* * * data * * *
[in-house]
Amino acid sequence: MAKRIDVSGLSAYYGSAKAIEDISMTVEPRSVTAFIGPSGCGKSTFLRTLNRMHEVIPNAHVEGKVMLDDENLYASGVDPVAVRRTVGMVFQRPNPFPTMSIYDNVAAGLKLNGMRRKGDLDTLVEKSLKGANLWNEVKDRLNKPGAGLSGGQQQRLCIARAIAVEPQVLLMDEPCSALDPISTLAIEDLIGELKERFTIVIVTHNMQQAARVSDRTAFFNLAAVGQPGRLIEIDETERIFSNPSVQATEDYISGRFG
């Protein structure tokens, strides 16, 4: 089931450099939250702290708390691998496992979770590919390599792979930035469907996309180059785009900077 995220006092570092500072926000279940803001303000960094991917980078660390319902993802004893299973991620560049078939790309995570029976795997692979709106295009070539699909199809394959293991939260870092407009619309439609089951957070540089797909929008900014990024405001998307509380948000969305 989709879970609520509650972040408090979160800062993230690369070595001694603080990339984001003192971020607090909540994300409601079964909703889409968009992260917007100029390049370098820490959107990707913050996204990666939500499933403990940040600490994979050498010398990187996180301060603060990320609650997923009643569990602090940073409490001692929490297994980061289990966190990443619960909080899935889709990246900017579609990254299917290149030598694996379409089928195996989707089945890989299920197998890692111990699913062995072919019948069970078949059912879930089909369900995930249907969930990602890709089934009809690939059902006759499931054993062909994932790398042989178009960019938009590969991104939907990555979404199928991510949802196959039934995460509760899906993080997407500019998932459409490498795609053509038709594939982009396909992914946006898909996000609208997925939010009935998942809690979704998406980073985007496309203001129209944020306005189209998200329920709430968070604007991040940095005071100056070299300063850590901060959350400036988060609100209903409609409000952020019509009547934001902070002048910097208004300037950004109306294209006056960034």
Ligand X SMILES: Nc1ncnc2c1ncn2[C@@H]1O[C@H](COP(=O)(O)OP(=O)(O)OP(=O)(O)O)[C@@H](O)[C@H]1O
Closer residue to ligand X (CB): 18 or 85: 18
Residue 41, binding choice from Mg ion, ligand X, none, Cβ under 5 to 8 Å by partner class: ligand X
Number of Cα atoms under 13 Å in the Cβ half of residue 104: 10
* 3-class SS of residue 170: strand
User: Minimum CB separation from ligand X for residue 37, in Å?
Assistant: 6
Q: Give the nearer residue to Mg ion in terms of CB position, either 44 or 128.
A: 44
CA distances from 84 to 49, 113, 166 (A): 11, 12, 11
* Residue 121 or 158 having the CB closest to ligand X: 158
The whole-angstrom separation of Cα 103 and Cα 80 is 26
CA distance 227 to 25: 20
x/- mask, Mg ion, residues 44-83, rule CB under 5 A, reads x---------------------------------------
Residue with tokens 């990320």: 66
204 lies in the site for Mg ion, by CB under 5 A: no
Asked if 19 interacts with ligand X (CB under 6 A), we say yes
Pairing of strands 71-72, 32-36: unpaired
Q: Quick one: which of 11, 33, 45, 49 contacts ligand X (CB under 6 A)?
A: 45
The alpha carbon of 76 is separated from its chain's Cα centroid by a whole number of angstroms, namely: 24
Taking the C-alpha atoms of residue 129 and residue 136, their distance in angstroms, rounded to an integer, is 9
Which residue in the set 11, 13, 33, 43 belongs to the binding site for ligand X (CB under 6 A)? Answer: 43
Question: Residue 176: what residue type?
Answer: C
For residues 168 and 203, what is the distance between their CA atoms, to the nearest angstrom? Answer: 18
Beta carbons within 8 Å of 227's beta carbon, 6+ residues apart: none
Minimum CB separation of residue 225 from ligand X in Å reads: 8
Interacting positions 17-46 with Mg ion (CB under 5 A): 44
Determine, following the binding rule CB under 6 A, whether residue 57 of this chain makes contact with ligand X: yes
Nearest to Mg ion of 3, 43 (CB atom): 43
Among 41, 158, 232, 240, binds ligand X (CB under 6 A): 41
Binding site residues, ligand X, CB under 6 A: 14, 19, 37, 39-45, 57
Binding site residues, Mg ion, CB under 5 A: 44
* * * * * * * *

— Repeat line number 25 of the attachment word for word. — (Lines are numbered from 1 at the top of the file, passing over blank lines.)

Taking the C-alpha atoms of residue 129 and residue 136, their distance in angstroms, rounded to an integer, is 9